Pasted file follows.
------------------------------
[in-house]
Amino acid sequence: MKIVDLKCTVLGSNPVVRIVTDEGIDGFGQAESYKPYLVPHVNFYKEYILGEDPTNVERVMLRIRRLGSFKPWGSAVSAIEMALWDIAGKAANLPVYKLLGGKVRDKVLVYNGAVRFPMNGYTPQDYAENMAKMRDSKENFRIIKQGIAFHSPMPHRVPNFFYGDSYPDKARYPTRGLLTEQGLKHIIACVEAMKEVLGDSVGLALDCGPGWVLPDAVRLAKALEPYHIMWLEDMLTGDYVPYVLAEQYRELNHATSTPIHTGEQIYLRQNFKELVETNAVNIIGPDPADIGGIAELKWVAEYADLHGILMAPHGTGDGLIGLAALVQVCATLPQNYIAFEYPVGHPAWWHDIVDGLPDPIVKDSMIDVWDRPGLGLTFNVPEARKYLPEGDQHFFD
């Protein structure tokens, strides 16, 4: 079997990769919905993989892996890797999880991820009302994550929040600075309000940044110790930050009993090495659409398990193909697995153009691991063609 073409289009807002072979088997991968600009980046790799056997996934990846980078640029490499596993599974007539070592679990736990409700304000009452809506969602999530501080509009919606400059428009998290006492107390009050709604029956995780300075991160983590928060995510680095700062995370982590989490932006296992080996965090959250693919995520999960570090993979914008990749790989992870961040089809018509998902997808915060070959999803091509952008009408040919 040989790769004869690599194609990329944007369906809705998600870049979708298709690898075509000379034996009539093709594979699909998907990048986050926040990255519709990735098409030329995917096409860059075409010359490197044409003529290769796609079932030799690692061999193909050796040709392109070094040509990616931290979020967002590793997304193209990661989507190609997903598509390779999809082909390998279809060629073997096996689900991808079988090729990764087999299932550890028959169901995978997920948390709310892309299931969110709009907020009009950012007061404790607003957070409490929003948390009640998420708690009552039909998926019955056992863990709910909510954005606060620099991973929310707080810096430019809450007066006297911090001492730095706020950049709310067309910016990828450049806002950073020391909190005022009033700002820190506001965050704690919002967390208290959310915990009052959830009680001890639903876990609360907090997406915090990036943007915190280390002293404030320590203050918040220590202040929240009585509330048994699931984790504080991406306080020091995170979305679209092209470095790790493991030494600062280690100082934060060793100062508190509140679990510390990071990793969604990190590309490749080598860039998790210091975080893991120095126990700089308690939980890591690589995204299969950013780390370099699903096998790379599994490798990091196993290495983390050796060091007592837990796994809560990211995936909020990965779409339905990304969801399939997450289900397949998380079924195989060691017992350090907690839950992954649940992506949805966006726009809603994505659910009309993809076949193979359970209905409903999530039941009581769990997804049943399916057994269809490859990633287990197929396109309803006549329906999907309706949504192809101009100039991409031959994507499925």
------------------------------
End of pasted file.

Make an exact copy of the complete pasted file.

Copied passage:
[in-house]
Amino acid sequence: MKIVDLKCTVLGSNPVVRIVTDEGIDGFGQAESYKPYLVPHVNFYKEYILGEDPTNVERVMLRIRRLGSFKPWGSAVSAIEMALWDIAGKAANLPVYKLLGGKVRDKVLVYNGAVRFPMNGYTPQDYAENMAKMRDSKENFRIIKQGIAFHSPMPHRVPNFFYGDSYPDKARYPTRGLLTEQGLKHIIACVEAMKEVLGDSVGLALDCGPGWVLPDAVRLAKALEPYHIMWLEDMLTGDYVPYVLAEQYRELNHATSTPIHTGEQIYLRQNFKELVETNAVNIIGPDPADIGGIAELKWVAEYADLHGILMAPHGTGDGLIGLAALVQVCATLPQNYIAFEYPVGHPAWWHDIVDGLPDPIVKDSMIDVWDRPGLGLTFNVPEARKYLPEGDQHFFD
């Protein structure tokens, strides 16, 4: 079997990769919905993989892996890797999880991820009302994550929040600075309000940044110790930050009993090495659409398990193909697995153009691991063609 073409289009807002072979088997991968600009980046790799056997996934990846980078640029490499596993599974007539070592679990736990409700304000009452809506969602999530501080509009919606400059428009998290006492107390009050709604029956995780300075991160983590928060995510680095700062995370982590989490932006296992080996965090959250693919995520999960570090993979914008990749790989992870961040089809018509998902997808915060070959999803091509952008009408040919 040989790769004869690599194609990329944007369906809705998600870049979708298709690898075509000379034996009539093709594979699909998907990048986050926040990255519709990735098409030329995917096409860059075409010359490197044409003529290769796609079932030799690692061999193909050796040709392109070094040509990616931290979020967002590793997304193209990661989507190609997903598509390779999809082909390998279809060629073997096996689900991808079988090729990764087999299932550890028959169901995978997920948390709310892309299931969110709009907020009009950012007061404790607003957070409490929003948390009640998420708690009552039909998926019955056992863990709910909510954005606060620099991973929310707080810096430019809450007066006297911090001492730095706020950049709310067309910016990828450049806002950073020391909190005022009033700002820190506001965050704690919002967390208290959310915990009052959830009680001890639903876990609360907090997406915090990036943007915190280390002293404030320590203050918040220590202040929240009585509330048994699931984790504080991406306080020091995170979305679209092209470095790790493991030494600062280690100082934060060793100062508190509140679990510390990071990793969604990190590309490749080598860039998790210091975080893991120095126990700089308690939980890591690589995204299969950013780390370099699903096998790379599994490798990091196993290495983390050796060091007592837990796994809560990211995936909020990965779409339905990304969801399939997450289900397949998380079924195989060691017992350090907690839950992954649940992506949805966006726009809603994505659910009309993809076949193979359970209905409903999530039941009581769990997804049943399916057994269809490859990633287990197929396109309803006549329906999907309706949504192809101009100039991409031959994507499925």